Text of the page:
Giovanni Fattori Biography | Oil Paintings
9-6-1825 Livorno, ITA – 8-30-1908 Florence, ITABack to Artist IndexView Artists Paintings
Giovanni Fattori early education was simple and his family made arrangements for him to study generally for something to do in business, but his ability in drawing persuaded them to apprentice him to Giuseppe Baldini in 1845. The following year he moved to Florence where he first studied under Giuseppe Bezzuoli and, later in the year, at the Accadèmia di Belli Arti.
Several artists from the Academy would discover the work of the Barbizon School while visiting Paris for the Exposition of 1855 and would bring back to Italy an enthusiasm for the then-novel practice of painting outdoors from nature. Giovanni Fattori's development to maturity as a painter was slow. In 1857 Enrico Pollastrini, also a student of Giuseppe Bezzuoli, acquainted him with the style of Ingres, and this had some influence on Fattori's future historical paintings.
Only after the uprisings of 1848 did Italian art begin to depict the present, thanks to Tuscan and Lombard artists who participated in the battles for independence. The Macchiaioli group, active in Florence and the Maremma region of Tuscany, was spearheaded by Giovanni Fattori and focused on the portrayal of contemporary events. Fattori's battle scenes do not show heroic episodes, but rather the confusion and exhaustion of anonymous soldiers and rearguard troops. In Vedetta (On Patrol) is an example of his style, with sentries making the rounds in the solitude of the Italian countryside, among one of his favorite subjects. These light cavalrymen seem lost or abandoned, employed in pointless tasks as a war passes by them.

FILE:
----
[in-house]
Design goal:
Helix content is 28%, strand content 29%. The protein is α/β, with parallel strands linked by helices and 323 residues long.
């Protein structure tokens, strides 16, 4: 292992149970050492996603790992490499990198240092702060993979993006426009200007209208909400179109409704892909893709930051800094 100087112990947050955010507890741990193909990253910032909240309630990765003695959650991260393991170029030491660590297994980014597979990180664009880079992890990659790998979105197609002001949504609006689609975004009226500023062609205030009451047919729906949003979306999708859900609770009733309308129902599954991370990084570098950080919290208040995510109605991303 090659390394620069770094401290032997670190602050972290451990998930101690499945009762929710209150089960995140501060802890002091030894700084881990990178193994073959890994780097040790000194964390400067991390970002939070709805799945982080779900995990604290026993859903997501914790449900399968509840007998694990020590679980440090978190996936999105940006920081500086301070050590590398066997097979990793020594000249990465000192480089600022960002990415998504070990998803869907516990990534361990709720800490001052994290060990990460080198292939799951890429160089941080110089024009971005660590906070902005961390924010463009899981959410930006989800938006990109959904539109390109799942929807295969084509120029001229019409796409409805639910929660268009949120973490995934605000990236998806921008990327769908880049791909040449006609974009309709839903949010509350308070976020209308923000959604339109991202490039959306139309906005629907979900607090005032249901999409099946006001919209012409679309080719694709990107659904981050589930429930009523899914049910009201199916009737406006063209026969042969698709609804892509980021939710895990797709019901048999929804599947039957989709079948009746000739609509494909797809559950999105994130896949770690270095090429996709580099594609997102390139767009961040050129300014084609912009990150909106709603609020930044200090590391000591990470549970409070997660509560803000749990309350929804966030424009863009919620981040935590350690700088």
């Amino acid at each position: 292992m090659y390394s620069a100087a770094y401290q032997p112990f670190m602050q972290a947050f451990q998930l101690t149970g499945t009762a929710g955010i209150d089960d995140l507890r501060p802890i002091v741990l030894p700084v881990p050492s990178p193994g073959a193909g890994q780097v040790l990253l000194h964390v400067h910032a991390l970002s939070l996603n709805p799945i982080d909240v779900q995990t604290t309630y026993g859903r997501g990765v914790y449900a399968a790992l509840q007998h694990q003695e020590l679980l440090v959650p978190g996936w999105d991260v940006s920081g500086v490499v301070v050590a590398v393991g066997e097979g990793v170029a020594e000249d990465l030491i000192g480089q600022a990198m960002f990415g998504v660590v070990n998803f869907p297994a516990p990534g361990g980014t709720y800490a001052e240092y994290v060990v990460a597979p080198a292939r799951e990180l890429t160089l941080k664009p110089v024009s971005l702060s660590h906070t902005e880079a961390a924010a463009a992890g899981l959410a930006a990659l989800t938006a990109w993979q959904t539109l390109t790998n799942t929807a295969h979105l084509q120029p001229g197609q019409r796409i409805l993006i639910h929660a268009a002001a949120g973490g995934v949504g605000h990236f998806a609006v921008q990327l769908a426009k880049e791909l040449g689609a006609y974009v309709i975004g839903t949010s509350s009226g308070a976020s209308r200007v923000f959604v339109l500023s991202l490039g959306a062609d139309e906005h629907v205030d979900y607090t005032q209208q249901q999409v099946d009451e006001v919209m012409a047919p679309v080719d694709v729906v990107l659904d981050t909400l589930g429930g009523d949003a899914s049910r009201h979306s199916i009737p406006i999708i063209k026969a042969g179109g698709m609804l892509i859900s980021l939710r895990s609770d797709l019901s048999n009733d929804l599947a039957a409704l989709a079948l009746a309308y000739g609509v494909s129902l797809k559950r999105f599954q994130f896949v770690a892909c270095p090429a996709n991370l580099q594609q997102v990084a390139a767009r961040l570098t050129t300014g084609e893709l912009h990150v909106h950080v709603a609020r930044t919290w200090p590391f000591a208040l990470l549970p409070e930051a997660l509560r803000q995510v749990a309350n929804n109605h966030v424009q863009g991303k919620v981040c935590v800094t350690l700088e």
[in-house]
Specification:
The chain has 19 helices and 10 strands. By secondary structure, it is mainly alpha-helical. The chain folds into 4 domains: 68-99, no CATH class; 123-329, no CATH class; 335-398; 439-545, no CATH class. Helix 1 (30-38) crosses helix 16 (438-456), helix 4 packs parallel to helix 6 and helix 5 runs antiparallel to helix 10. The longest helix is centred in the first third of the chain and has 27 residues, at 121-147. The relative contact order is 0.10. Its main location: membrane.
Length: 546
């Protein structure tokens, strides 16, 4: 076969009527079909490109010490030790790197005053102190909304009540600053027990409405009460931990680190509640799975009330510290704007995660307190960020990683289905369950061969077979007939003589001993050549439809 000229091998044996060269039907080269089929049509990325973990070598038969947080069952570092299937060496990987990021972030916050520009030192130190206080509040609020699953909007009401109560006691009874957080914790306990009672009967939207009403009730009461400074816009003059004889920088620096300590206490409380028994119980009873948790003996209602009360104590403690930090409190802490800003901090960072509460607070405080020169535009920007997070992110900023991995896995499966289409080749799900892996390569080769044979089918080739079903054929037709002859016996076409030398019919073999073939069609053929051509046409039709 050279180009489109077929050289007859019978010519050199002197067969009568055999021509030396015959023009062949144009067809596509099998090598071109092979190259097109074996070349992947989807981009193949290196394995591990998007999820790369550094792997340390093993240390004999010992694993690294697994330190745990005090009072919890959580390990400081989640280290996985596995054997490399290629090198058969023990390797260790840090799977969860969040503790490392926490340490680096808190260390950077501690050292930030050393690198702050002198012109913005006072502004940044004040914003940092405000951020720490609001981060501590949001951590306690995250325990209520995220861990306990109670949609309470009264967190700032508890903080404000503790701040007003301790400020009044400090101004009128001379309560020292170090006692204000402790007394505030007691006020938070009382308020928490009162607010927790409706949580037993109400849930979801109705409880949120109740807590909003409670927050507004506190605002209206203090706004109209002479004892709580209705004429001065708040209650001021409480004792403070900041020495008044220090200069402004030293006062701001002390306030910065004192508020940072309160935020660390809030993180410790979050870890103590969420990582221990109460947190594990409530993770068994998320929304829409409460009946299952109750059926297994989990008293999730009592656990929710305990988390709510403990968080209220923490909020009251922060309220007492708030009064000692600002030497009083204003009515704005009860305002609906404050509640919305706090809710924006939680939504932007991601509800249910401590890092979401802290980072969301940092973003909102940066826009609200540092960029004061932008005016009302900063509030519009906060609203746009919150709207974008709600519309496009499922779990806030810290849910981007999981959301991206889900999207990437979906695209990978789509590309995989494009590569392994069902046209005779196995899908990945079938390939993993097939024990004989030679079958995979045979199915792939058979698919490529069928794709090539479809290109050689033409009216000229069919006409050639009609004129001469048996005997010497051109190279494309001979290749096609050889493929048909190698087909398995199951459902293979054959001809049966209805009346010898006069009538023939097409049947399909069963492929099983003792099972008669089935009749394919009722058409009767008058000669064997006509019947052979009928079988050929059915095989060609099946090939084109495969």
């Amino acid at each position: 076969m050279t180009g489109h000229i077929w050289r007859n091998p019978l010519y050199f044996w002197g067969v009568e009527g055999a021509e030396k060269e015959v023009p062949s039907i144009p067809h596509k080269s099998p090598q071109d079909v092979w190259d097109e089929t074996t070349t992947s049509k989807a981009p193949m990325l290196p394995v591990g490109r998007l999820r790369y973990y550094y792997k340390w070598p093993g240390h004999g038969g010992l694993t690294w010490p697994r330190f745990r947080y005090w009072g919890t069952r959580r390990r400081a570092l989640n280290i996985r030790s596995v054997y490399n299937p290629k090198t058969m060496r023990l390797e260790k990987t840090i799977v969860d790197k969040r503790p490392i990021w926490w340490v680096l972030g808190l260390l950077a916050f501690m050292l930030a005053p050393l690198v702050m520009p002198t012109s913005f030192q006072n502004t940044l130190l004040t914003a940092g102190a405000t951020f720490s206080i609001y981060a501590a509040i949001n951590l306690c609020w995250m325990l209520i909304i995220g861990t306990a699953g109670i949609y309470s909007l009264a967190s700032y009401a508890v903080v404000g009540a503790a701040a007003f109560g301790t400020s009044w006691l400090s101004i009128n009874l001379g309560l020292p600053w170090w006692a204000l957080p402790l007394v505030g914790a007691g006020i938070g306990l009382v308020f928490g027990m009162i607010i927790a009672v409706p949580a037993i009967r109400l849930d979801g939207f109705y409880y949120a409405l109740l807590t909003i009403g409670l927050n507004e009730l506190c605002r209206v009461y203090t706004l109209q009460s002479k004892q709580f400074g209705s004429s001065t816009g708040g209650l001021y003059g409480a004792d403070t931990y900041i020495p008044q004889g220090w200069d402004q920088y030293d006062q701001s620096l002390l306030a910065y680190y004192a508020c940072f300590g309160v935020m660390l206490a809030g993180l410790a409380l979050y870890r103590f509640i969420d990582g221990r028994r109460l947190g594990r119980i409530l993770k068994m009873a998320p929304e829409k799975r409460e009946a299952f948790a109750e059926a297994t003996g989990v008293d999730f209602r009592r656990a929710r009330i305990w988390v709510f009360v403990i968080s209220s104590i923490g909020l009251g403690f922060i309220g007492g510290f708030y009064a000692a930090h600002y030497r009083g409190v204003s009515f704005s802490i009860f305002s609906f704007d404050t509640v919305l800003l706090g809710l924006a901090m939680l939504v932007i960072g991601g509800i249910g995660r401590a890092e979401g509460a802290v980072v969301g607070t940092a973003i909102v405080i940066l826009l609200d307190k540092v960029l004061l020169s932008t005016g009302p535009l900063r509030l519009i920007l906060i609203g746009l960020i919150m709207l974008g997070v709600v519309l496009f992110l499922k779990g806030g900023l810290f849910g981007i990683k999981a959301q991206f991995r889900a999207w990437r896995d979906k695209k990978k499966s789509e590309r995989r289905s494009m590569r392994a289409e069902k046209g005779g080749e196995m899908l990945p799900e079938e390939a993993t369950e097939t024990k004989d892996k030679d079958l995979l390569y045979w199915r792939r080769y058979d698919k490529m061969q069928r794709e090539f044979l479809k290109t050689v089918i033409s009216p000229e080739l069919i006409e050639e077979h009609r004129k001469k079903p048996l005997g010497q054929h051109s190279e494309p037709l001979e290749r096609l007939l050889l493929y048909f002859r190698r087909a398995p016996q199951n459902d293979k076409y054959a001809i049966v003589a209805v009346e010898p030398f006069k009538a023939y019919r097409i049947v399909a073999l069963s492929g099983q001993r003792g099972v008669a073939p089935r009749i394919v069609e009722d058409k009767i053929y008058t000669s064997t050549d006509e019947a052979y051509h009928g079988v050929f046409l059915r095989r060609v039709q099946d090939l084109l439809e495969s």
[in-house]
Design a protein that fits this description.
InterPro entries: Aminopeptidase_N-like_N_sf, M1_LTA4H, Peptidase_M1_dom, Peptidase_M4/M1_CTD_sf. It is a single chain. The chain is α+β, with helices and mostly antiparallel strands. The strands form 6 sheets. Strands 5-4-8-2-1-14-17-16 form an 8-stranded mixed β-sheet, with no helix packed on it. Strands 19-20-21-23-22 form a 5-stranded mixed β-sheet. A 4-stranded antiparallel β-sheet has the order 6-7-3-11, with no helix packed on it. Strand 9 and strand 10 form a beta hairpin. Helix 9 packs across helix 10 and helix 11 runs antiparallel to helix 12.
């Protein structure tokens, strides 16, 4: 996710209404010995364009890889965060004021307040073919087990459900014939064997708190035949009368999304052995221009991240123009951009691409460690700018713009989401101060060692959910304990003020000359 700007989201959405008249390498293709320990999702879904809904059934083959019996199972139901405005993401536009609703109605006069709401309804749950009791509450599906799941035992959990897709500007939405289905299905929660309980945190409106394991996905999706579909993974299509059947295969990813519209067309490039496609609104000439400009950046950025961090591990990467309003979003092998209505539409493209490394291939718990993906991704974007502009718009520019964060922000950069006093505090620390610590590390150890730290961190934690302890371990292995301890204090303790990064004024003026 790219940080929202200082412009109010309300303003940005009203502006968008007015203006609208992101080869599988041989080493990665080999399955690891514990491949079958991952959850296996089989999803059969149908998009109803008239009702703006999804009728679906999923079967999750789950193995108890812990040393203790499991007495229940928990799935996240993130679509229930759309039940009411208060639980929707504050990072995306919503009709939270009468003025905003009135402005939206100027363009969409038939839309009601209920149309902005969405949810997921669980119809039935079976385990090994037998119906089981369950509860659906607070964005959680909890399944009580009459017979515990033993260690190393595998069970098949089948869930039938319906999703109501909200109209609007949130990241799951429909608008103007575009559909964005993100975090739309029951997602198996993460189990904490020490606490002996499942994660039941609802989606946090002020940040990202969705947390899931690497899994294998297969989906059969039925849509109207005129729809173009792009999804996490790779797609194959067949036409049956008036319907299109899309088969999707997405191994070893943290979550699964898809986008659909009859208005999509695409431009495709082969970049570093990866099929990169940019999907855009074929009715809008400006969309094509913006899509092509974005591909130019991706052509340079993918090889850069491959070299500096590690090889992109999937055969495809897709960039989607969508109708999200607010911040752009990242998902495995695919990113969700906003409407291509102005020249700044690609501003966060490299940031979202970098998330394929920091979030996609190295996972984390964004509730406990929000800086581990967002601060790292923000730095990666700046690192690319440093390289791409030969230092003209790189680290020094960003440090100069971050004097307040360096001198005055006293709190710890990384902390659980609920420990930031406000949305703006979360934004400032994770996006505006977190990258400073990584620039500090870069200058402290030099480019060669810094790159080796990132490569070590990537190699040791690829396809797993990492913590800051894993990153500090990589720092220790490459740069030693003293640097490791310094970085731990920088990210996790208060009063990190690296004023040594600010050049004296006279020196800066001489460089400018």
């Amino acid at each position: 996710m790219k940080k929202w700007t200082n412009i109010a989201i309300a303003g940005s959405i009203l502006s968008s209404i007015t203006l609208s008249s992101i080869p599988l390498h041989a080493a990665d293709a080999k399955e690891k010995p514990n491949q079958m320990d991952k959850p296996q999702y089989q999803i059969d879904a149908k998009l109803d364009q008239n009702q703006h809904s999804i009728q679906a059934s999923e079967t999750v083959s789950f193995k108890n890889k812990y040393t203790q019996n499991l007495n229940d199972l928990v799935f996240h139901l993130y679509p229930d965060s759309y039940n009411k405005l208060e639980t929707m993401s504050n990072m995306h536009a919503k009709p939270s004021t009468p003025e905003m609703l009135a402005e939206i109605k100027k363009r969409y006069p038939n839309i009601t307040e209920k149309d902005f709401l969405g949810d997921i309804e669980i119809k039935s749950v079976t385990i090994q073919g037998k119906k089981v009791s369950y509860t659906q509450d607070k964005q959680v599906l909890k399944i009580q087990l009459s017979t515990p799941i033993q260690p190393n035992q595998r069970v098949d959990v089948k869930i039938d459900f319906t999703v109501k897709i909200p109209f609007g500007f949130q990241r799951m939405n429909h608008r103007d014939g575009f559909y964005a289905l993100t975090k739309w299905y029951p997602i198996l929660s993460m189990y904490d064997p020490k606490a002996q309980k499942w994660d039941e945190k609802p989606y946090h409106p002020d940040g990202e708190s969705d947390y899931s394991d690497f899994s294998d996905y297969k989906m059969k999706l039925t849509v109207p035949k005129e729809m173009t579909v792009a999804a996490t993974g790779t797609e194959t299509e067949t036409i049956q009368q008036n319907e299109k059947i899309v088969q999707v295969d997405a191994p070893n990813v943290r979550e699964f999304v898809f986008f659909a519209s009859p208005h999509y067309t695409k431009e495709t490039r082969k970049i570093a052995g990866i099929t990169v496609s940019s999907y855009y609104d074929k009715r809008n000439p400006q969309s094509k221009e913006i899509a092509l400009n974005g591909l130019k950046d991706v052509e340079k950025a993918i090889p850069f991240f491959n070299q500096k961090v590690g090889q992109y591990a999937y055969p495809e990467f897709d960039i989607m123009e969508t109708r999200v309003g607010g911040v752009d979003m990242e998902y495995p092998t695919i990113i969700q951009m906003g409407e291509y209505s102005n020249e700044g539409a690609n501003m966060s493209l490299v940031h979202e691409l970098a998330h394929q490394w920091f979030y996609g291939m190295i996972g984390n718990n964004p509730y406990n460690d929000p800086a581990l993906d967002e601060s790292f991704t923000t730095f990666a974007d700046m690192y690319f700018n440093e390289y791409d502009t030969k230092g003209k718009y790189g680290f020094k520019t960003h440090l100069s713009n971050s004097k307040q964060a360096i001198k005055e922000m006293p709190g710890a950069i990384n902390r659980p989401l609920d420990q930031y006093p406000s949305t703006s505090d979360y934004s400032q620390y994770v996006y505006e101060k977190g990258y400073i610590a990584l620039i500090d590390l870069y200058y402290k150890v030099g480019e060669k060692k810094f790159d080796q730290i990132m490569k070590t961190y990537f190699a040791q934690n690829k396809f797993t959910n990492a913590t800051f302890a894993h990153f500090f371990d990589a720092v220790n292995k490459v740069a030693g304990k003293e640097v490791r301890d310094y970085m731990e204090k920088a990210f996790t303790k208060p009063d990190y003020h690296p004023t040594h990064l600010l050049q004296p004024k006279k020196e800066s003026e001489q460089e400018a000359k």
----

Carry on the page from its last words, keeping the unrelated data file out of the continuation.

In 1859 he won the competition for a patriotic battle scene, After the Battle of Magenta and with the prize money received he was able to marry and to settle in Florence.
In 1866 he moved to a new and larger studio in Florence, to accommodate his larger historical canvases, as he still received commissions for epic battle scenes from the Italian unification.
Working together with the painter Giuseppe Abbati on the same themes, he painted many landscapes en Plein air and studies of rustic life and peasants working in market gardens. Inspired by the isolated and sun drenched countryside, he made simple, sympathetic paintings of peasants at work. Fattori can be connected to Social Realism, the artistic movement that illustrated the social and economic upheaval created by the Unification of Italy in 1870 and the country's increasing industrialization.
The painter began giving private painting lessons in his Florence studio and, from 1869, Giovanni Fattori taught part time at the Florentine Academy one of his students was Amedeo Modigliani. He began to experience financial problems, when his battle scenes found few buyers, he was unable to pay his taxes and his property in Florence was confiscated, this and a broken kneecap further depressed him.
In 1891 Giovanni Fattori married for the second time. Despite the modest income his teaching provided, he lived in poverty. Financial trouble and rising debt forced him again to give private tuition. Lack of money to buy frames prevented him from participating in the exhibition in Dresden in 1896.
Art Movement: Barbizon School, Macchiaioli.
Artists Influencing Giovanni Fattori: Giuseppe Baldini, Giuseppe Bezzuoli, Jean-Auguste-Dominique Ingres.
He Traveled To France.
Painters Giovanni Fattori Influenced: Amedeo Modigliani.
Artist's Biography compiled by Albert L. Mansour at The World's Artist.